Tuesday, August 26, 2014

Wells Fargo Ignores Mail Loses Security Interests

Originally Published on forbes.com on November 28th,2011
I recently wrote about the rather distasteful topic of Indiana tax deeds.  As I noted in a previous post, several states including Florida have a similar system.  The latest case on the topic in Indiana Wells  Fargo versus Allen County emphasizes a point that  John Waller ,who blogs on commercial foreclosure, made.  He pointed out that the system presents a hazard to secured lenders, since the tax deed obliterates all existing liens and the rules about providing notice to secured lenders are a little sketchy.  That’s what brought Wells Fargo into the Indiana Appeals Court on two properties that went to tax deeds.  Wells Fargo claimed that they did not receive proper notice.
In June 2010, Allen County sent by certified letter, return receipt requested, the Notice of the Right of Redemption required by Indiana Code section 6-1.1-25-4.5(a)(3) to the properties’ owners and to Wells Fargo. The notices were mailed to “Wells Fargo Bank NA, 111 E. Wayne St., Fort Wayne, IN 46802” (“111 E. Wayne St. address”) and to “Wells Fargo Bank NA, P. O. Box 5137, Des Moines, IA 50306,” (“P.O. Box 5137 address”) which was the address set forth in the mortgage documents.
Here is how the people at Wells Fargo should have viewed those letters:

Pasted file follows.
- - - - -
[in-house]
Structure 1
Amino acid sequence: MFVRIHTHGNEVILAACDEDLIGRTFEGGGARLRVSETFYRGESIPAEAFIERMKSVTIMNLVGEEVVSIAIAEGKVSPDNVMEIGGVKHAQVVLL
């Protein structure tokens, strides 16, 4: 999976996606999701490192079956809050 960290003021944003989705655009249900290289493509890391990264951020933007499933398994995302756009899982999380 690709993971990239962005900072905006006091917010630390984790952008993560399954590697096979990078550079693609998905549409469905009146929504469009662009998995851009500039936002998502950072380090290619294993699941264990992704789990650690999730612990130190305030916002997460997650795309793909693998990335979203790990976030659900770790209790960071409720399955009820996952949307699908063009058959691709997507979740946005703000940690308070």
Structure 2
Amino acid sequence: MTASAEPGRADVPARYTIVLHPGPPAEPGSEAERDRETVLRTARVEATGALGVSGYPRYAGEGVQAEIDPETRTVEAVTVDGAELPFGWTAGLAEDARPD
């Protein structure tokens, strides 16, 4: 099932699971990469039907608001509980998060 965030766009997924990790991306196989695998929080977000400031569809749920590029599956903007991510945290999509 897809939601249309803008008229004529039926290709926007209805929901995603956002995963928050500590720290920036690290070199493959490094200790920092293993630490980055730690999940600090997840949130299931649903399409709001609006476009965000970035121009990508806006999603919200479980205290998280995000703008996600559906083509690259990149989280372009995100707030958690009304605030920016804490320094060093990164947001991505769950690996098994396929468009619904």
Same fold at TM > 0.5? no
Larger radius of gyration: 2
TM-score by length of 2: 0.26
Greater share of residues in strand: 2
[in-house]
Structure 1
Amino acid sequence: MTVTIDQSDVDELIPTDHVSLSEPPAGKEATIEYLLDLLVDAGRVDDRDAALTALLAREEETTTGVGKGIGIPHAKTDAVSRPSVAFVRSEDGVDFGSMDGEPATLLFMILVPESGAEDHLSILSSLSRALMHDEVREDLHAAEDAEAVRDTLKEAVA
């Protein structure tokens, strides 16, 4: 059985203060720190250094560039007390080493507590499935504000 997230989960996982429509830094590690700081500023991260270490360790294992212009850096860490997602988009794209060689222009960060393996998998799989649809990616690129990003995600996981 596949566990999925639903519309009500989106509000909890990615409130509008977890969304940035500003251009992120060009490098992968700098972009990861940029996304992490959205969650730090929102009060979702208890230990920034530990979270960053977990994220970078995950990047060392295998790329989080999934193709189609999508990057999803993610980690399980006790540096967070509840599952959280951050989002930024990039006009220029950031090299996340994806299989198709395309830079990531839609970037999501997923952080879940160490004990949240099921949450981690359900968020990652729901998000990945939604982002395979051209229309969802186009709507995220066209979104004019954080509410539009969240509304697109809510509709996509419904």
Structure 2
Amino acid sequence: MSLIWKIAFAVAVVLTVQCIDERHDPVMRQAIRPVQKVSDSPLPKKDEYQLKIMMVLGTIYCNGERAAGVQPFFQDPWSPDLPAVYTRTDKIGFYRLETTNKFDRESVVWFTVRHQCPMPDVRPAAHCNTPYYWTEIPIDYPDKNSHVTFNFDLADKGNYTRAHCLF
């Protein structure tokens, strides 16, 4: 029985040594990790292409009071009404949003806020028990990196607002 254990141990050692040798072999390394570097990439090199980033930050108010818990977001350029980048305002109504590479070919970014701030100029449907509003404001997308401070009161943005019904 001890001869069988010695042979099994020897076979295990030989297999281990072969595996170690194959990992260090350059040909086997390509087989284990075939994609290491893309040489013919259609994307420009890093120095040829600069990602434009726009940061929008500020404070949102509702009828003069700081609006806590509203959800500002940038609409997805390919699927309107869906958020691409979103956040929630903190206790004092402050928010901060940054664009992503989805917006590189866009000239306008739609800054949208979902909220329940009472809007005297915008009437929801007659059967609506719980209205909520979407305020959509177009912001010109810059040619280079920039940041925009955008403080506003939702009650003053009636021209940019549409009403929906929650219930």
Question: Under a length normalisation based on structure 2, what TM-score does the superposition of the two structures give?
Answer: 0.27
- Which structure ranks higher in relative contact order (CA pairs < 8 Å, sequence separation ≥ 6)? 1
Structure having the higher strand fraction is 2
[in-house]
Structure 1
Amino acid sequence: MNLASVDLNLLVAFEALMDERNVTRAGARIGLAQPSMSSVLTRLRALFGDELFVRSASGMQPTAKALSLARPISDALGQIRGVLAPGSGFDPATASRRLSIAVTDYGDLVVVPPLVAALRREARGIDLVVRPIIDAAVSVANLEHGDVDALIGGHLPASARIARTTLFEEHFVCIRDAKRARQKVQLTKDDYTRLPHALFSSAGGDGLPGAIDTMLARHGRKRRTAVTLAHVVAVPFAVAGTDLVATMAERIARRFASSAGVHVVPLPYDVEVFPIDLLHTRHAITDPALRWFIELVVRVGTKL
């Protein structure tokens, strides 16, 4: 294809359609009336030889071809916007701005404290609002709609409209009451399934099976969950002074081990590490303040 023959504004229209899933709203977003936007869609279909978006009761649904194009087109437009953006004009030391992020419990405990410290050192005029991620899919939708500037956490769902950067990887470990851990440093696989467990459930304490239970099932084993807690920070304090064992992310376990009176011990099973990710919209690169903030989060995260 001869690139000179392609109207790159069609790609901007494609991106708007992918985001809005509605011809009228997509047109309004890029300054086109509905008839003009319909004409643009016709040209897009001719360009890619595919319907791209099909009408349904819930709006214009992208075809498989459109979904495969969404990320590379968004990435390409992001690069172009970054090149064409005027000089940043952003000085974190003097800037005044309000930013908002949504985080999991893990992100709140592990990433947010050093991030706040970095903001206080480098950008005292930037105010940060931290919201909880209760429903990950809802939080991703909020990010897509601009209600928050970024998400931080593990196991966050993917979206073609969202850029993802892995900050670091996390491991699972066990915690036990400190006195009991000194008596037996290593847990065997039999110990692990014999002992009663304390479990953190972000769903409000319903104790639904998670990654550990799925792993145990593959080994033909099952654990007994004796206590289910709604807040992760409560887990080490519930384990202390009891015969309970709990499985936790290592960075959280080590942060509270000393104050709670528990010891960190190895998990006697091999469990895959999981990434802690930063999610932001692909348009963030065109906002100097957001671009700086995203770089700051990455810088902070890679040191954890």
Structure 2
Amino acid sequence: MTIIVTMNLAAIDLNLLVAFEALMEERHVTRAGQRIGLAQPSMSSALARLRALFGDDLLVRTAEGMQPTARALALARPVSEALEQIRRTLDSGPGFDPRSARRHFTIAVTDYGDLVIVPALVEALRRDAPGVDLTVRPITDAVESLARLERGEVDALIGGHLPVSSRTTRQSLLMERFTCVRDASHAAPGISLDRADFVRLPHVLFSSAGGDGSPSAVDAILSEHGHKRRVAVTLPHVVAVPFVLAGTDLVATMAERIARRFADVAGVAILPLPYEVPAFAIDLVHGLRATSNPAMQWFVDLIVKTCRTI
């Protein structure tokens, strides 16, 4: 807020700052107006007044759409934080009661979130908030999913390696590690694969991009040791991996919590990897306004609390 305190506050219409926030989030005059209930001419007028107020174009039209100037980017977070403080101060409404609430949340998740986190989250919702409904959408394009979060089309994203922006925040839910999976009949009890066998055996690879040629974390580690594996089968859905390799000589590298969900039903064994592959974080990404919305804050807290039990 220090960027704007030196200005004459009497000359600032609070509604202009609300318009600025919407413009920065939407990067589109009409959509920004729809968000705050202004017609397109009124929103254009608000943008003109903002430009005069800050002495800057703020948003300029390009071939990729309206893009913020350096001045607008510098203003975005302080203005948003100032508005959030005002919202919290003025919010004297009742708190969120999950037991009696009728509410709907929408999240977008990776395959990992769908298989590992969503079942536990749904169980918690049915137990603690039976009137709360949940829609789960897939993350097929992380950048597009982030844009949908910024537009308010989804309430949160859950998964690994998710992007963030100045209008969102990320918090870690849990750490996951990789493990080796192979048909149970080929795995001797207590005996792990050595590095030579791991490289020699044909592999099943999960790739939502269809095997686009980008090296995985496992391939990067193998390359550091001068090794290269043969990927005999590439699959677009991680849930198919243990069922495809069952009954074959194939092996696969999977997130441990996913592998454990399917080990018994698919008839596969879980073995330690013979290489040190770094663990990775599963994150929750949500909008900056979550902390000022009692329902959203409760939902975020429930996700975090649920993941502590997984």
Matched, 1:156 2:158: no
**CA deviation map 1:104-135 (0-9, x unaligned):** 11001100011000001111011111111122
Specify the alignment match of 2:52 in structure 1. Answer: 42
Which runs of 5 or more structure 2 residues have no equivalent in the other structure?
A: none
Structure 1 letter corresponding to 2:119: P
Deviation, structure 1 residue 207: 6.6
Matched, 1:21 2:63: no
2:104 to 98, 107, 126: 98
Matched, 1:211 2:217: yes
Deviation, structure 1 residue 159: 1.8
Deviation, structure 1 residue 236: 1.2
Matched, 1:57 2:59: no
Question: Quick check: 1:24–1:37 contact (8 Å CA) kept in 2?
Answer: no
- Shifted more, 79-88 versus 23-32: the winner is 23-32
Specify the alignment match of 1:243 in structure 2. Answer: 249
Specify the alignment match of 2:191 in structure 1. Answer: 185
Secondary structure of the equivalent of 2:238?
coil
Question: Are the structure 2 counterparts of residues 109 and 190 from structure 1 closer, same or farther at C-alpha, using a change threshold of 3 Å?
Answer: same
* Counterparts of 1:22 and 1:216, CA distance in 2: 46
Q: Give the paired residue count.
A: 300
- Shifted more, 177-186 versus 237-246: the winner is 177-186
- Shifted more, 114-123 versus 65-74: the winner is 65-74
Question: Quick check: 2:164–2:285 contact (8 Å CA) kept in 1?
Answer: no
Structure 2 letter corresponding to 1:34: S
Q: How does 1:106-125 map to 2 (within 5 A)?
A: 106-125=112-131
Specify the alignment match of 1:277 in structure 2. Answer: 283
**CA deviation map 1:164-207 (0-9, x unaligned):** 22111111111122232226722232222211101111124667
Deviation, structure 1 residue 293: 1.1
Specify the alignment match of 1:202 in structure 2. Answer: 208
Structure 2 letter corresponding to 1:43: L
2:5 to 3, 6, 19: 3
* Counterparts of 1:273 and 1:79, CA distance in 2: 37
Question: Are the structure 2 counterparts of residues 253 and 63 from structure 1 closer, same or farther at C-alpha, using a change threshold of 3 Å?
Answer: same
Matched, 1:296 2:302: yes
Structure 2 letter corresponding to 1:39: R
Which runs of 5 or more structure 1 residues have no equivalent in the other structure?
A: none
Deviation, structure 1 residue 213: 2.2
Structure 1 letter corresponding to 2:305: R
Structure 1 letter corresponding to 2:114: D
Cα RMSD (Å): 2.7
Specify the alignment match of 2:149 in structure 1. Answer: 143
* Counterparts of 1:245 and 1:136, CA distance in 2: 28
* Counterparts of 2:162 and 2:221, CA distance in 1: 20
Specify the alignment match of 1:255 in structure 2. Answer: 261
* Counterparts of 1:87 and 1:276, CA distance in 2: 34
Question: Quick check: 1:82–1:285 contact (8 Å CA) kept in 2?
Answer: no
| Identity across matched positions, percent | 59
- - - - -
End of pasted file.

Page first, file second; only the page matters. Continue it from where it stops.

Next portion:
Instead they apparently did not react.  They did react several months later:
On November 3, 2010, Allen County moved the trial court for an order authorizing it to issue tax deeds for the various properties sold at the October 2009 tax sale that had not already been redeemed, including theReal Estate. On December 3, 2010, Wells Fargo filed an objection to the petition for issuance of a tax deed as to the Real Estate. A hearing was held on Wells Fargo’s objection, and on December 17, 2010, the trial court issued an order overruling the objection and authorizing the issuance of tax deeds for the Real Estate. Wells Fargo now appeals.
Too late:

Wells Fargo argued that the county should have made service on an executive officer or an appointed agent. The Court was not buying it:
Nowhere in the statute does it require compliance with Trial Rule 4.6 when sending tax sale notices. In the present case, Allen County sent both of the tax sale notices at issue by certified mail, return receipt requested, to the address listed in the mortgage document and to another local address. Therefore, as the tax sale notices were sent in accordance with the statutoryrequirements, we conclude that they comported with due process requirements. The trial court did not err in overruling Wells Fargo’s objections to the issuance of the tax deeds for the Real Estate because Allen County properly served the tax sale notices on Wells Fargo.
So Wells Fargo no longer has a security interest in two properties because it was not monitoring its mail well enough.  I can’t say that this one upsets me that much, although it is exactly what John Waller was writing about.  Lenders in Indiana really need to make sure that property taxes are being  paid.

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